One of my all-time favorite mysteries.
reviewed The Daughter of Time on + 30 more book reviews
A fine reading of the classic historical mystery about Richard III and the crimes attributed to him in Shakespeare's play and sir Thomas More's account.

As in her other novels, Tey has the ability to engage the reader's emotional partiality for her favorite characters, and dislike for her villains, who come to life in vivid colors. She could write circles around the other queens of classic crime, Sayers and Christie, though her plots, as she admitted herself, were not original.
reviewed The Daughter of Time on
One of my all time favorites and ranked #4 of the 100 Best Mysteries.
A very nice audio version. complete and unabridged.
Derek Jacobi (Brother Cadfael, I Claudius) does a great job with the various voices.
maura853 avatar reviewed The Daughter of Time on + 523 more book reviews
Apart from launching me on a life-long crush on the Last of the Plantagenets (for which I offer no apologies. He didn't do it ...), I guess this book appealed to my 12-year-old self because it was probably the first time I'd read anything that allowed that Received Wisdom on history, as represented by the childish textbooks that Alan Grant first consults, might be dead wrong, and that the evidence, if you make the effort to pursue it methodically, might lead you to very different interpretations.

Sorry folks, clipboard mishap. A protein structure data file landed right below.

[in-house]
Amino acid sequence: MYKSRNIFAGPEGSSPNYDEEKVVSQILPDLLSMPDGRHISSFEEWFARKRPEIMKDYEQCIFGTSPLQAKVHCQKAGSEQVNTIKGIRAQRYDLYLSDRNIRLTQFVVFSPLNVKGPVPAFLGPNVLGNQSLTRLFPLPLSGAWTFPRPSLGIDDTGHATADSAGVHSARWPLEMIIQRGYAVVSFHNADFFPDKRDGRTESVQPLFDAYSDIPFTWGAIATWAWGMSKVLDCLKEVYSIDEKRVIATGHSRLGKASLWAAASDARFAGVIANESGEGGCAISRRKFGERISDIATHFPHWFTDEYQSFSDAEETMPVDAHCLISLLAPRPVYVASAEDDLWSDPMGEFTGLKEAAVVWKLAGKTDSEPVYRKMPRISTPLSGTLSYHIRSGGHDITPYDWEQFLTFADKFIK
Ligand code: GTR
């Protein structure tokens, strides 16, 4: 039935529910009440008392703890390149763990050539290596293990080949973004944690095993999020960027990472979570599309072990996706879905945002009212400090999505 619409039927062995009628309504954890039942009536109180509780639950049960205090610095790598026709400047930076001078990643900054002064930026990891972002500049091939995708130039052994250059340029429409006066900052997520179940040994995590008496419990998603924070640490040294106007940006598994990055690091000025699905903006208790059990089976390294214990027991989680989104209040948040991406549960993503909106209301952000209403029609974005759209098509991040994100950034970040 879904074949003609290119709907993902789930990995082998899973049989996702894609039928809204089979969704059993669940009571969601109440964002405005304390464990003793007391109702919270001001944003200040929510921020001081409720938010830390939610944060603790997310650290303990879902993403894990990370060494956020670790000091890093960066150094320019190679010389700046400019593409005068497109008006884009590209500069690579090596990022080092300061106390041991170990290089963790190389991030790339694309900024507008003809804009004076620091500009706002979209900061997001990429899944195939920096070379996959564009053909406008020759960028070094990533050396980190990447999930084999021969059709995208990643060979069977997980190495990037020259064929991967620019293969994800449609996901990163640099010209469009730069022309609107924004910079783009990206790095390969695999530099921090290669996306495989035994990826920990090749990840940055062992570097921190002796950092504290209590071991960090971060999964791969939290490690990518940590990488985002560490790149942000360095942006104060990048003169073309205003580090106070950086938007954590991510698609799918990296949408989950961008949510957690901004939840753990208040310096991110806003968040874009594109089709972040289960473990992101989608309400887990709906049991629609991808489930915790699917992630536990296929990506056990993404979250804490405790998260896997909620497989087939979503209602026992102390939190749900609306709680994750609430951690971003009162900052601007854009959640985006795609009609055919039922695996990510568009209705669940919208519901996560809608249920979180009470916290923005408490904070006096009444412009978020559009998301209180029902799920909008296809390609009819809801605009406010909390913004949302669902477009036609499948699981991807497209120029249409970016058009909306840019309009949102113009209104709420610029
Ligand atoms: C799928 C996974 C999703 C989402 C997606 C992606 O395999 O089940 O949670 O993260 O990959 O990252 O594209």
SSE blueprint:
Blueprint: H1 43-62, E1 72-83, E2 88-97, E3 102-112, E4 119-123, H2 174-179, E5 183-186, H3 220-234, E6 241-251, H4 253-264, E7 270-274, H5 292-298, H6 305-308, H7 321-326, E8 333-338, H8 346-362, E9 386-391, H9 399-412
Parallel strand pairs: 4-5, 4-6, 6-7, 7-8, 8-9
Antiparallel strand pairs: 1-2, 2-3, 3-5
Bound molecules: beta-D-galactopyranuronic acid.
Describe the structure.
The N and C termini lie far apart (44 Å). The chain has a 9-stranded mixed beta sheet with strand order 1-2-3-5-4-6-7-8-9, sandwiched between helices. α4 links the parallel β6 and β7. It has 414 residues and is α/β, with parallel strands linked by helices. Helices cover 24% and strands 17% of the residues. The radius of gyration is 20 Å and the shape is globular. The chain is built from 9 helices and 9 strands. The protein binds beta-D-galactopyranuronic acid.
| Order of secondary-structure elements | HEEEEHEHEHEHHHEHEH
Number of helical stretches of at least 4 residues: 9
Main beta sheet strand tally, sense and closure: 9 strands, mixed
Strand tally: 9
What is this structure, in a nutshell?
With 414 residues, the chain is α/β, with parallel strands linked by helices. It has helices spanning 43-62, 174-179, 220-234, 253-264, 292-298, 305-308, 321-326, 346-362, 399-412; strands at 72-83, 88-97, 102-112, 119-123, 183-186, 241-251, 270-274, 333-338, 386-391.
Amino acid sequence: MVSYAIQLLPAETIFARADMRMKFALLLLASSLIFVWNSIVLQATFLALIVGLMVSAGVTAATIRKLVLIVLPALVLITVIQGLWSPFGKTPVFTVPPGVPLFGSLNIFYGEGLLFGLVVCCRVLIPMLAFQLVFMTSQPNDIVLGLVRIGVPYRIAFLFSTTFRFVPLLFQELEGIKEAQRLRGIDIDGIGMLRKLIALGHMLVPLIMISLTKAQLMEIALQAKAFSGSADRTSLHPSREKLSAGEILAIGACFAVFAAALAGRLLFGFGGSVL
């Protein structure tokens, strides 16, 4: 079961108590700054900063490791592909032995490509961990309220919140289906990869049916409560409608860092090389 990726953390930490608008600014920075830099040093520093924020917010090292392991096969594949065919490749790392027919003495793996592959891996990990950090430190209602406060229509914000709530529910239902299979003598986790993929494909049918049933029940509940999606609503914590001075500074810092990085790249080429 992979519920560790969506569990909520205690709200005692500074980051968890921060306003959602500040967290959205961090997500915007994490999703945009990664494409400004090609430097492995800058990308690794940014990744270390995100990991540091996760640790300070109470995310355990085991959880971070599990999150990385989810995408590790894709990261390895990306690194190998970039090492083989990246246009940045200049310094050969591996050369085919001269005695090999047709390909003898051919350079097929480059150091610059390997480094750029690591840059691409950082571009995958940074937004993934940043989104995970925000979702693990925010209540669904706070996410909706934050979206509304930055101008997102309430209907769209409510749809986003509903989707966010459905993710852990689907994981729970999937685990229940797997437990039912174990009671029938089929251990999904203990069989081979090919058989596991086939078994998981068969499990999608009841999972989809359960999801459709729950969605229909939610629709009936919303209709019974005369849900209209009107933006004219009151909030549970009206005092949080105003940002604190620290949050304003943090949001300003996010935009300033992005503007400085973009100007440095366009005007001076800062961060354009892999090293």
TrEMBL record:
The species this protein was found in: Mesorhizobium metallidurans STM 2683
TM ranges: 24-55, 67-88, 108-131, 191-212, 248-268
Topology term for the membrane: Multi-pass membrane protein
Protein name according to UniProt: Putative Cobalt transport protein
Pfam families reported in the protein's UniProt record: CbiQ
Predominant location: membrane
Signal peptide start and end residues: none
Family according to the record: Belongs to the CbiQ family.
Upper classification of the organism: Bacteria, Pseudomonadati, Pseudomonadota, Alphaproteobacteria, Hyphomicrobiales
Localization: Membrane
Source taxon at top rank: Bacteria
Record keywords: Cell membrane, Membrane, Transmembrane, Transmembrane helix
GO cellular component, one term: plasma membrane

And aside from the crush on the soulful, doomed King (and it didn't hurt that, IMHO, Richard bears a striking resemblance to a young Tom Courtney, who I also had a massive crush on at the time), it also alerted me to the joy of research -- of digging down, and finding the facts for yourself, from primary sources -- the satisfaction of digging around for yourself, in encyclopaedias and library card catalogues back then, in google now.

But how does The Daughter of Time stand the Test of Time?

I would say, pretty darn ok: like Hitchcock's Rear Window, it is static and limited in space to the hospital room of Inspector Alan Grant, who is confined to bed with a spinal injury received, accidentally, in the line of duty. There isn't a great deal of emotional depth -- if Grant could have died, or could have been permanently crippled by his fall, no one seems bothered to reflect on the "what might have beens." Friends, colleagues and hospital staff float in and out of his line of vision -- but there doesn't seem to be any great depth to these relationships. Actress friend (girlfriend? If so, pretty arm's-length, if you ask me ...) Marta is no Grace Kelly who (in the movie) seemed to really have the hots for James Stewart.